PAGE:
Special Report: Greek Police and Border Patrol Agents Dedicated to Protecting Human Rights of Migrants
MsAikateriniKioulbaxioti(bottom left), Dr George Efthimiou (middle left), HatefMokhtar, Editor in Chief of The Oslo Times, Brigadier General Alexander Soukoulis, Director of the Border Protection Division (top right), Major ApostolosMaspero, Ministry of Citizen’s Protection (bottom right)
On Tuesday, in an exclusive and detailed one-hour interview conducted by The Oslo Times International News Network team in Athens, led by Editor-in-Chief HatefMokhtar, the Brigadier General Alexander Soukoulis, Director of the Border Protection Divisionand Major ApostolosMaspero, in the Ministry of Citizen’s Protection in Athens, Greece, aimed to clarify the intentions and the efficiency of the Greek police in their effort to control the entry of illegal migrants in Greece.
Both police officials were very kind and welcomed us warmly in their department. The main body of their work is focused on organizing and overseeing the protection of the Greek border, preventing illegal migrants from entering the country and fighting cross-border crime, such as illicit drugs, weapons or human trafficking. Mr.Mokhtar thanked them for their hospitality and ensured them that this would be a thorough and responsible interview on this highly significant and sensitive matter, in line with the high standards of The Oslo Times.
Migration has been a serious problem in Greece the last twenty years, resulting primarily from instability in the Balkans after the collapse of the Soviet Union in 1991, as well as followed by Middle Eastern tensions, and the wars in Iraq, Afghanistan, Lebanon and Libya and Syria. Poverty in countries such as Pakistan, Bangladesh and India or sub-Saharan areas has driven more migrants to Greece, known by many as the “Gateway to Europe”. MrSoukoulis mentioned that the Greek Police understands the deep roots of these problems and is doing its best to face them.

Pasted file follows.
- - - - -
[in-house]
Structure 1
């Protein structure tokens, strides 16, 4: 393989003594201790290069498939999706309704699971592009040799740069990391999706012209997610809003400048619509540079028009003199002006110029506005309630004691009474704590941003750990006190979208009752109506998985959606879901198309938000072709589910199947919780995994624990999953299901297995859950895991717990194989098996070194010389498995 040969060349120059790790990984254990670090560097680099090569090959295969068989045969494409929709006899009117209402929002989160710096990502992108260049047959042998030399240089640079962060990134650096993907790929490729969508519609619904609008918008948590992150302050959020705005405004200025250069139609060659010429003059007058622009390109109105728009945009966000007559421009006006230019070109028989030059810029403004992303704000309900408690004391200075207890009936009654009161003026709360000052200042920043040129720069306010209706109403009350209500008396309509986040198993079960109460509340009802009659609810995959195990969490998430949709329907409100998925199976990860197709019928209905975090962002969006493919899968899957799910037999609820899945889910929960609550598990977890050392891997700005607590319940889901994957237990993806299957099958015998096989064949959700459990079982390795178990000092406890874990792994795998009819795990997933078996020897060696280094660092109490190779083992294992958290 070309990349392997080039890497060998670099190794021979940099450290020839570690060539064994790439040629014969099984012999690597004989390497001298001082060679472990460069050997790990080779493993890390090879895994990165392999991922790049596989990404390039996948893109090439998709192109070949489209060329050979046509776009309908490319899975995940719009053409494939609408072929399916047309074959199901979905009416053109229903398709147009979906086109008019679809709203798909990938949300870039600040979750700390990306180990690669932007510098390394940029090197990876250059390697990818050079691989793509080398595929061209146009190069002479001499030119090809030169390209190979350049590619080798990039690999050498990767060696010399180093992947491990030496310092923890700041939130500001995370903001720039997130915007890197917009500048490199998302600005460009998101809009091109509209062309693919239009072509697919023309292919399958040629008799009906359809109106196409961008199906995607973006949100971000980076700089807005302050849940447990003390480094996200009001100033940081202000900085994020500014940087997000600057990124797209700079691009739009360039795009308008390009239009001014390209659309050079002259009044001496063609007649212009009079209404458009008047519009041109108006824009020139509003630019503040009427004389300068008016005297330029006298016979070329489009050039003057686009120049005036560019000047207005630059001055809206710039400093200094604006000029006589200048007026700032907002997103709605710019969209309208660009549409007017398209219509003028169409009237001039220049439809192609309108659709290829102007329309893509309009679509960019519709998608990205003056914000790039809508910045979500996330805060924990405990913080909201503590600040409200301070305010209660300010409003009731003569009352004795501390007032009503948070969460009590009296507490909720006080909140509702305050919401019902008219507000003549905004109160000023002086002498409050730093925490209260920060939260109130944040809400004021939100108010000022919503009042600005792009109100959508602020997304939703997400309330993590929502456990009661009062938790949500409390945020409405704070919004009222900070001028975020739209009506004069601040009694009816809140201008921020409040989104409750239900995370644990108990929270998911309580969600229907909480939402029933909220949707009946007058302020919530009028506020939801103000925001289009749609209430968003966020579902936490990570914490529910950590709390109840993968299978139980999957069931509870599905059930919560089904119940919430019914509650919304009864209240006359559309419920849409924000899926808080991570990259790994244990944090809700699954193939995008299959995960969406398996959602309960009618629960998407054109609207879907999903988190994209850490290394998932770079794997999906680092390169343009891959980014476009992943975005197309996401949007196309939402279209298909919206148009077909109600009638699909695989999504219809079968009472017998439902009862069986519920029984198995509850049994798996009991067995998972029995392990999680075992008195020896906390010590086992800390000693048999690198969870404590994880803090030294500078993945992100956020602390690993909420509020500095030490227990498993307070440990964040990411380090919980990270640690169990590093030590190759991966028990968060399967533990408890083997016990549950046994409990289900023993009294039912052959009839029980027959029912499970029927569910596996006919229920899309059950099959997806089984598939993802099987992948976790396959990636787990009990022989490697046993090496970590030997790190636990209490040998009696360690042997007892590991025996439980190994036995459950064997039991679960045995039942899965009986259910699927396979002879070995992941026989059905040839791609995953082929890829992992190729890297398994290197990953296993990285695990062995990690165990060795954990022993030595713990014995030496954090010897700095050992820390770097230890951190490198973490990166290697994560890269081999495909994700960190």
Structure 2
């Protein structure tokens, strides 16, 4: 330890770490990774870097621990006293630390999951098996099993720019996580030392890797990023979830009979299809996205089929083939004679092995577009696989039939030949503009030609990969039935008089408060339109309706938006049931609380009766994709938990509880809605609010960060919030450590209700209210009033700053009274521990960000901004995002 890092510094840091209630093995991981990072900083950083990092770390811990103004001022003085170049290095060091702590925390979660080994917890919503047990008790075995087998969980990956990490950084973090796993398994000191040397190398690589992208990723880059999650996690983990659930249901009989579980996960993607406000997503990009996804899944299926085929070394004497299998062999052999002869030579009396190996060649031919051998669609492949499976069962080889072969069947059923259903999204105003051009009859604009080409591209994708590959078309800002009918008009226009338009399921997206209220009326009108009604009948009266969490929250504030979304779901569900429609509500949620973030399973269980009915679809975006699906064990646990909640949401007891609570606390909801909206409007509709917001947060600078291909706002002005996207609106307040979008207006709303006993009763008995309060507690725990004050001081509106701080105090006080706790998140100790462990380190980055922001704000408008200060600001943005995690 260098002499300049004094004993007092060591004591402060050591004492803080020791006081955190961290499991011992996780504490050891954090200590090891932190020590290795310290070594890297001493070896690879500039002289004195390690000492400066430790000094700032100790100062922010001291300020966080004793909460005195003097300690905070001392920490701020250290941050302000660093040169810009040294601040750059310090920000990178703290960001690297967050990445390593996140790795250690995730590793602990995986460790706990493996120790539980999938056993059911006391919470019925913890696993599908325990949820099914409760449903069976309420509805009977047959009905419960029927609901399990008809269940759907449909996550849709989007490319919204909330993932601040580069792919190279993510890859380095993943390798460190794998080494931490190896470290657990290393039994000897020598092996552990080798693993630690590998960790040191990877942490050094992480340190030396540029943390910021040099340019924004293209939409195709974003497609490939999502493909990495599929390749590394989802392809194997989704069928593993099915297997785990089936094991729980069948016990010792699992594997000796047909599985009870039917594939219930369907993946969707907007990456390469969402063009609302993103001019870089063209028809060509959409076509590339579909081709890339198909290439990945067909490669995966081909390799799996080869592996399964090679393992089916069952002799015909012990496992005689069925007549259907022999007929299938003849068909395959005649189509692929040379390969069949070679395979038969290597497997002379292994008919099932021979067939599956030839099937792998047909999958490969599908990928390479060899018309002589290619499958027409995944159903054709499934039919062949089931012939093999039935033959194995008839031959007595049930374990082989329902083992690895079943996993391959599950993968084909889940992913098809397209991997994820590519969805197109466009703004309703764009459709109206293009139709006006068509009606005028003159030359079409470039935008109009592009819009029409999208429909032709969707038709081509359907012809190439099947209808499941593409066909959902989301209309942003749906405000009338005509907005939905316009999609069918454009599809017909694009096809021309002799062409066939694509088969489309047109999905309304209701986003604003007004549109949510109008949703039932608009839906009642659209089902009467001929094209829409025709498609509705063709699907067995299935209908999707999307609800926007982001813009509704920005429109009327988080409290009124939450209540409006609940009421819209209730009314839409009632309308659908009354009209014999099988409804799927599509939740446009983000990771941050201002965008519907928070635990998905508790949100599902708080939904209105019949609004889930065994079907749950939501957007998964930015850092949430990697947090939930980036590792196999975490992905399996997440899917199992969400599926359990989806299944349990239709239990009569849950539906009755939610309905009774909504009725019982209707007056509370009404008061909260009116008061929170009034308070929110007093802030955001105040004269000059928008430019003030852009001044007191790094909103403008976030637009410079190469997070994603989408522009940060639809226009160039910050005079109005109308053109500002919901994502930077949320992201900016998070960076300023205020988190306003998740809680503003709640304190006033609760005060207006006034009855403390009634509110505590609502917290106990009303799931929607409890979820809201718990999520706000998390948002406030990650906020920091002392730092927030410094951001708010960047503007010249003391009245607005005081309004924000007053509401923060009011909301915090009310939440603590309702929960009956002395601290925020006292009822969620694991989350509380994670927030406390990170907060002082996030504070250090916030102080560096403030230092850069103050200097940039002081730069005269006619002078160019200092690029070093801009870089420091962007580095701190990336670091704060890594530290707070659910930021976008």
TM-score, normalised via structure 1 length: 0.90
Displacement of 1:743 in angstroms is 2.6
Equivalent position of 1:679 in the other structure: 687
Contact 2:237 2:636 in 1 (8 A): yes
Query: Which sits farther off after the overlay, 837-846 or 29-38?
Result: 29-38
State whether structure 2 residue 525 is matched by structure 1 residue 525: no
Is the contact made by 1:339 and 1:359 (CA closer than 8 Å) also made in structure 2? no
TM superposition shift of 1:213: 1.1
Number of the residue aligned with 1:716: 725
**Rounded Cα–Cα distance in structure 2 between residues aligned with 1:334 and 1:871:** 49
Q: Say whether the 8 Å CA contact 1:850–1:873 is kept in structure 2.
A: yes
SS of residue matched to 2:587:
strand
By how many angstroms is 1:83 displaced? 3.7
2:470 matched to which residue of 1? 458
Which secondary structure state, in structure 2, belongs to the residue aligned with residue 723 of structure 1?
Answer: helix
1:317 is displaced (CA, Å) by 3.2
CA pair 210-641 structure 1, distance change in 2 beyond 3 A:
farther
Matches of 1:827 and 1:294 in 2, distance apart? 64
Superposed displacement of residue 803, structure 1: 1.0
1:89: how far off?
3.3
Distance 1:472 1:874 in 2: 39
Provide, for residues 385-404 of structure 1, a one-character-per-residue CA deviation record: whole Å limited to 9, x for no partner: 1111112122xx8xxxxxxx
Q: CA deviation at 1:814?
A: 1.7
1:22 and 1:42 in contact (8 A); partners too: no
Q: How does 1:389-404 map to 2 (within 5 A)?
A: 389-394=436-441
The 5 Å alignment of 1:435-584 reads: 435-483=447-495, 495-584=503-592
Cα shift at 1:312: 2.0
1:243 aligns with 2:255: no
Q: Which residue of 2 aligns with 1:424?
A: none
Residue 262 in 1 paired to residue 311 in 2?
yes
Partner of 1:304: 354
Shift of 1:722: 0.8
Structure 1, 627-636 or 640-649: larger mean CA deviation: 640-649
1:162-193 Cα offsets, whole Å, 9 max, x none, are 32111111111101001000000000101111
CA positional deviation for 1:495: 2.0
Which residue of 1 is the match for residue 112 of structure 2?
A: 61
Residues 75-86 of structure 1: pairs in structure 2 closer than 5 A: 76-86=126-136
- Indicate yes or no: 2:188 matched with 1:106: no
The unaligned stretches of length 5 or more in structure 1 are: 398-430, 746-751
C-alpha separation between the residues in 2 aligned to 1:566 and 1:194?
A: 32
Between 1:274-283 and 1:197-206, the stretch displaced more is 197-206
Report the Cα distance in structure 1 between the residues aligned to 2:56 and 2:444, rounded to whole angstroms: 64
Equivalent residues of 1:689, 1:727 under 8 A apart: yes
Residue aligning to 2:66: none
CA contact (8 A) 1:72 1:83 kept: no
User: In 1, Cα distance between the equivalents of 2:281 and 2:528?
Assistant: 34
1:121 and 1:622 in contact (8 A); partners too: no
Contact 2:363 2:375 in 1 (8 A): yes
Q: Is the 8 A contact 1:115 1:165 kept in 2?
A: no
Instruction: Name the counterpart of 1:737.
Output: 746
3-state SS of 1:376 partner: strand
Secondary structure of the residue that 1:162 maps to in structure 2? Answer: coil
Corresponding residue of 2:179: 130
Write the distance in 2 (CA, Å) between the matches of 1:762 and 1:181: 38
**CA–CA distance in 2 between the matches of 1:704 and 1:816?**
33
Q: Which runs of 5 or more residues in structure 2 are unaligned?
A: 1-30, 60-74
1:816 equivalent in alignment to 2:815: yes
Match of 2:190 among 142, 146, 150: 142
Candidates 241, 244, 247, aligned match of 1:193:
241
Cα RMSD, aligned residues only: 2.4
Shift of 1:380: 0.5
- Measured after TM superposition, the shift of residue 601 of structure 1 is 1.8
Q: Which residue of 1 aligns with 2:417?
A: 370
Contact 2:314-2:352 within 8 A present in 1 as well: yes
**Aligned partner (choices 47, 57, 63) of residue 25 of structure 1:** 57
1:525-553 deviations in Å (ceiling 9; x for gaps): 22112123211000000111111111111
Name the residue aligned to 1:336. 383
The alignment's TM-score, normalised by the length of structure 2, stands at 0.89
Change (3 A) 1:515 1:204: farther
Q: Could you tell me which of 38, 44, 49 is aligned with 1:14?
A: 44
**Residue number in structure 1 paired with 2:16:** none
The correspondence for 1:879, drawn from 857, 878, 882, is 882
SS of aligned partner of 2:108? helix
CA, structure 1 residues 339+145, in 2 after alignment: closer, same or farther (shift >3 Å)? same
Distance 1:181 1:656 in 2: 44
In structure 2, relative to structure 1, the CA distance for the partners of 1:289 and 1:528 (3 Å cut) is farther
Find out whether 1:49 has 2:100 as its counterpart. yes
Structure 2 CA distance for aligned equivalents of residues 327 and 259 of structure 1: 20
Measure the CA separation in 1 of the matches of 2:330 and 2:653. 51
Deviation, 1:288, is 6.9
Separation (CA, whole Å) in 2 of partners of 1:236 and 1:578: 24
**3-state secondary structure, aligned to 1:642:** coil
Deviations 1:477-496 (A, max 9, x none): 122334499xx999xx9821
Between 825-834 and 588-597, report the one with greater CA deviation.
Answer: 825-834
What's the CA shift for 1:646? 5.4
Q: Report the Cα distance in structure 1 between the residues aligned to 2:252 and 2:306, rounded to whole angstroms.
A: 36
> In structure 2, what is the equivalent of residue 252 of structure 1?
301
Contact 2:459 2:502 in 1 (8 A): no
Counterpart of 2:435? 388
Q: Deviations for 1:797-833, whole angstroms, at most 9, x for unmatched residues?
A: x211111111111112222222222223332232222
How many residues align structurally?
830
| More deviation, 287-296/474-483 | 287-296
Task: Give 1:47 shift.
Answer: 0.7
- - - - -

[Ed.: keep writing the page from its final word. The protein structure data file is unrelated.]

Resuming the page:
MrSoukoulis and MrMaspero were confident that the Greek Police, in collaboration with the Greek Coast Guard, are doing a good and effective job in order performing their duties, namely protecting the Greek border. Of course, MrSoukoulis quoted the old Greek proverb: ‘Better is the enemy of the best’, meaning that there is always more capacity for improvement. However, he and his colleague are sure that they are on the correct path, as the arrests of illegal migrants by Greek Police and Coast Guard were reduced from 2012 to 2013 by nearly 50% (Figure 1). Arrests of traffickers slightly increased during the same period (Figure 2).Lastly, more migrants were arrested at the sea border in 2013 than in 2012.
Figure 1.Migrants arrested by Greek police & coast guard authorities for illegal entry and residence. 2013 (blue): 39,759; 2012 (grey): 73,976. All statistical information presented in this report taken from www.hellenicpolice.gr, the official website of Greek Police. The figures were not available in English. In all cases in this report, 11-month periods were studied for each year instead of 12-month ones.
Figure 2. Arrested migrant traffickers in 2013 (blue): 772 and 2012 (grey): 670 by Greek police and coast guard
Figure 3. Illegal migrants arrested at the Greek – Turkish sea (blue) and land (brown) borders. 2012: 30,351 migrants (land), 2,960 (sea); 2013: 942 (land), 10,481 (sea).
The Greek Police has multiple competences that concern general national safety, as well as the observation of laws and order, the protection of Greek borders, and the management of criminal and terrorist activities. The work of police extends to social, political, economic, environmental and operational levels via its specialized services. An example of its efficient operation is the dissuasion of many attempted suicides that the Prosecution of Electronic Crime has managed to prevent in the last few years, especially when considering the higher suicide rate in the years since the financial crisis began to affect the entire Greek society. However, Greek authorities are trying to provide effective strategies that correspond to the modern social needs by taking into account both the Greek and the international reality.
The geopolitical location of Greece and the military conflicts that have marked the last years, (the dissolution of Yugoslavia, the current conditions in Syria, Libya and Egyptetc), in combination with the economic crisis that have afflicted the European and global economies have indeed caused stain on the Greek Police. For this reason, the Greek Police must continuously draw upon the essential practices of action by educating its personnel and by taking into consideration the continuous social and economic changes taking place at almost breakneck speed.